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Only losing 4 real frames out of 40K is excellent.

Zero is still the goal, but that's honestly close enough to not panic. The source may well be causing those few frames. The TBC you ordered may help reduce it further -- or maybe not. It really depends on the root issue. Some things just can't be fixed.

Yes, some ATI cards, on some drivers, with some ATI MMC's, on some configurations of computers will lose sync on the AVI files. I unfortunately have one of those systems.

The errors are likely for a mix of reasons, including non-dropped audio frames. I don't really know why it happens, just that it doesn't happen often. I've never really been able to troubleshoot this issue, and I'm almost a bit thankful for that. It's a real mess when you come across it.

There is often no way to fix these files. You can always try a "time stretch" of the audio in an audio editor like SoundForge, Audacity or Goldwave, but it may not help.

The solution is to simply capture with a non-DVD high bitrate MPEG-2, maxed out at 15Mbps. It's not the same as uncompressed, but it's often indistinguishable from HuffYUV, and sometimes better than DV due to colorspace being potentially better on the MPEG-2 (4:2:0 instead of 4:1:1 NTSC).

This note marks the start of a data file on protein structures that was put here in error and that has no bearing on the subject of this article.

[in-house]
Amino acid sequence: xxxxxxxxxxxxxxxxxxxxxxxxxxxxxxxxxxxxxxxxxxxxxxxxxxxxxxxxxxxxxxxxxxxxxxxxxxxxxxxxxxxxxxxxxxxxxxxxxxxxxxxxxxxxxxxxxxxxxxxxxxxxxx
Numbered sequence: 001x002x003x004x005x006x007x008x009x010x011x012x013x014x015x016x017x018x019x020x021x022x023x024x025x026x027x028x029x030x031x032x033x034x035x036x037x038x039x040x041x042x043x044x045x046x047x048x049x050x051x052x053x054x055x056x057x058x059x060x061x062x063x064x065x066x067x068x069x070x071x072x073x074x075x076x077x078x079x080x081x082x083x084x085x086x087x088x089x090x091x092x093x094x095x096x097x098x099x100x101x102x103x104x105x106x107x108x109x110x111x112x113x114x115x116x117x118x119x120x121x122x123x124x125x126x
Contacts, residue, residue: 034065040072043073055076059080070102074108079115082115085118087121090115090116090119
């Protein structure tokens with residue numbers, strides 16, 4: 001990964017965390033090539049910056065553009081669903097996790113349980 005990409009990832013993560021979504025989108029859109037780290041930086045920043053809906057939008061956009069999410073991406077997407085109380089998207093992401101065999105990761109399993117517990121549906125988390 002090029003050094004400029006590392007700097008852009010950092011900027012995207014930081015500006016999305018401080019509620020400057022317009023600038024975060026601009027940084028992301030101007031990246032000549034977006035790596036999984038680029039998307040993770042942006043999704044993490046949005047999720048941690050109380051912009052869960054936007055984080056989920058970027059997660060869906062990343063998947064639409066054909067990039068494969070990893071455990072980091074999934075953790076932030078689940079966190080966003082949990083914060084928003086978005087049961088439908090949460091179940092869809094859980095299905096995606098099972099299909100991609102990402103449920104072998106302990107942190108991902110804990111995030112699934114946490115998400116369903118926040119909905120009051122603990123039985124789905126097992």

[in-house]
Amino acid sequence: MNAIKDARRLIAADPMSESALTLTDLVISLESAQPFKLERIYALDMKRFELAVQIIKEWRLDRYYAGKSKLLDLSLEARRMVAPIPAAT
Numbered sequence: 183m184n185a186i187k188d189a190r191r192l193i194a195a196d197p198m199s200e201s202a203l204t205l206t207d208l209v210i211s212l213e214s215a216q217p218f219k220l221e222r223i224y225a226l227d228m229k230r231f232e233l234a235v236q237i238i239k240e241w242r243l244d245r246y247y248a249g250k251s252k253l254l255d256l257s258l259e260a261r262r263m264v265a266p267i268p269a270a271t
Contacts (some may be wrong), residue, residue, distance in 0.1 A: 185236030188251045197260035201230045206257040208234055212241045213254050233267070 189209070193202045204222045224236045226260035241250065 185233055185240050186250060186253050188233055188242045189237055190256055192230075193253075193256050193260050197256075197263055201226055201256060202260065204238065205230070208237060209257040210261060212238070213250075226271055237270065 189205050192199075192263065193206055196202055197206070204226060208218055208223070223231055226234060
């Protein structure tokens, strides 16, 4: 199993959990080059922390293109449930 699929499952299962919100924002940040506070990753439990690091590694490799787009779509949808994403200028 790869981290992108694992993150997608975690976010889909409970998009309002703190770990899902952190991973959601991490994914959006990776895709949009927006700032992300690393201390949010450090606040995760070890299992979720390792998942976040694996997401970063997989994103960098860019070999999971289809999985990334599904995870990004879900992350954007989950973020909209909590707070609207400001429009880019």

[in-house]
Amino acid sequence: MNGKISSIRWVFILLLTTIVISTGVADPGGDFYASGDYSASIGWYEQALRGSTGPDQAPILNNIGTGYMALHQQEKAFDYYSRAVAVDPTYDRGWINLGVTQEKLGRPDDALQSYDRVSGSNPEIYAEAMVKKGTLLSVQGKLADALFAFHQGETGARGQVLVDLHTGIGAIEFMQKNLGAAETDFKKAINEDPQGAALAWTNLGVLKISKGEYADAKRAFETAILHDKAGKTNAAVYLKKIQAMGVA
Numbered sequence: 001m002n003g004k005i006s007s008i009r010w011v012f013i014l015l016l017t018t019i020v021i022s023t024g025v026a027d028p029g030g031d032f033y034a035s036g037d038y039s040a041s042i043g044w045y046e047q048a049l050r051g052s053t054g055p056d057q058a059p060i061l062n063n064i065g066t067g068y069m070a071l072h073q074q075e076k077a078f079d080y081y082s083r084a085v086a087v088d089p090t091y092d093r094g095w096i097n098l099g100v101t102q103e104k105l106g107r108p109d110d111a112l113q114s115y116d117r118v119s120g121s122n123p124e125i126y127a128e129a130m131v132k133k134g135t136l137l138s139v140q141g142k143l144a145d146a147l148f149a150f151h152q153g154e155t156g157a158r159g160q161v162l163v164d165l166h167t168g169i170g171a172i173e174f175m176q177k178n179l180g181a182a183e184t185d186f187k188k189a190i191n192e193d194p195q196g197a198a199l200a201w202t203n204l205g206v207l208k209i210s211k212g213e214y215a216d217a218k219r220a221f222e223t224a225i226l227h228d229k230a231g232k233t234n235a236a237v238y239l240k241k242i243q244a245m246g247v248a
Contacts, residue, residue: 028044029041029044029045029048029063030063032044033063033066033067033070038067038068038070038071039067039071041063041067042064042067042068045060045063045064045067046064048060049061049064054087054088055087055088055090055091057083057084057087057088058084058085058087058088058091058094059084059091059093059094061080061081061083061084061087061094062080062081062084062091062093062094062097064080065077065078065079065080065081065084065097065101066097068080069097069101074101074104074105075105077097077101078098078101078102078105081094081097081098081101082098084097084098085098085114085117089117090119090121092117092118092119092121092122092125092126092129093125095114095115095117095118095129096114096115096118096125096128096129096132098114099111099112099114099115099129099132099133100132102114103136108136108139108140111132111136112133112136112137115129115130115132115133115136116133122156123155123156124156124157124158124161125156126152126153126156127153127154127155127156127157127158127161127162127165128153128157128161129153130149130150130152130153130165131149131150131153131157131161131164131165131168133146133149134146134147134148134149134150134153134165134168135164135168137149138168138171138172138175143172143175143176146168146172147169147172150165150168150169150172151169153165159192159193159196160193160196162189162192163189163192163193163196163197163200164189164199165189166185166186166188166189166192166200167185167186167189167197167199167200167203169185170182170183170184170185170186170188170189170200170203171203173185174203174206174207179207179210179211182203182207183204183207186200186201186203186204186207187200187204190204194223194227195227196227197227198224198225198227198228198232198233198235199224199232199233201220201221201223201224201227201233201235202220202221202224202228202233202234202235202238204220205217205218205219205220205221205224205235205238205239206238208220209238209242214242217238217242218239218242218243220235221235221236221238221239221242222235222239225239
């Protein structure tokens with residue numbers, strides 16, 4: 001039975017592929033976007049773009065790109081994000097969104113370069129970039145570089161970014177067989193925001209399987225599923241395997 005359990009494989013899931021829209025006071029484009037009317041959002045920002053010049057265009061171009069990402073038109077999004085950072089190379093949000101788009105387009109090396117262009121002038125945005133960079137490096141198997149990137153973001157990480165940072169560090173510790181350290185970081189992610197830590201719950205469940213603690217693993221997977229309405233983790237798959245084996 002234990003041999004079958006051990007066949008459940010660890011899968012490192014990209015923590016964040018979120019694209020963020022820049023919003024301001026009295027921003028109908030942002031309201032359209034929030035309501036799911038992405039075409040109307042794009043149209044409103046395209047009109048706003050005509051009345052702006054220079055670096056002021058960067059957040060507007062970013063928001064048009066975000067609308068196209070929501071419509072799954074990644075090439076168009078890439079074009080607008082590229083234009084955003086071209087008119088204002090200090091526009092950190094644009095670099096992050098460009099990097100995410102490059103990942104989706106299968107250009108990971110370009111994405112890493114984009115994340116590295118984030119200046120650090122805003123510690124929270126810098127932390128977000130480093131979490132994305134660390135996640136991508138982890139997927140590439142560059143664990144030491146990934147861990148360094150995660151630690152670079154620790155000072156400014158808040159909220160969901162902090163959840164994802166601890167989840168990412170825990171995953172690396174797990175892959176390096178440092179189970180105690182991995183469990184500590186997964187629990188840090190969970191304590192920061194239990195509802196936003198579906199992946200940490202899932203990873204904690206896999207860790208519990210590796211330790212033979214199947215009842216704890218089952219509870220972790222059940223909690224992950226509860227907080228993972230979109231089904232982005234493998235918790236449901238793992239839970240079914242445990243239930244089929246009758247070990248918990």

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  #6  
06-20-2010, 09:11 AM
maphew maphew is offline
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Quote:
Originally Posted by maphew View Post
I have an unknown number of avi's created on this machine which do have audio sync problems. I didn't notice at first because it (seems to) increase to gradually through the file.
MMC may not be to blame. I've been trimming some avi's with Avidemux to remove the blank space at the beginning/end of the recordings. There are number of reports in forums here and there that this can cause audio de-sync'ing in certain configurations.

Looks like I get the privilege of starting the project over again.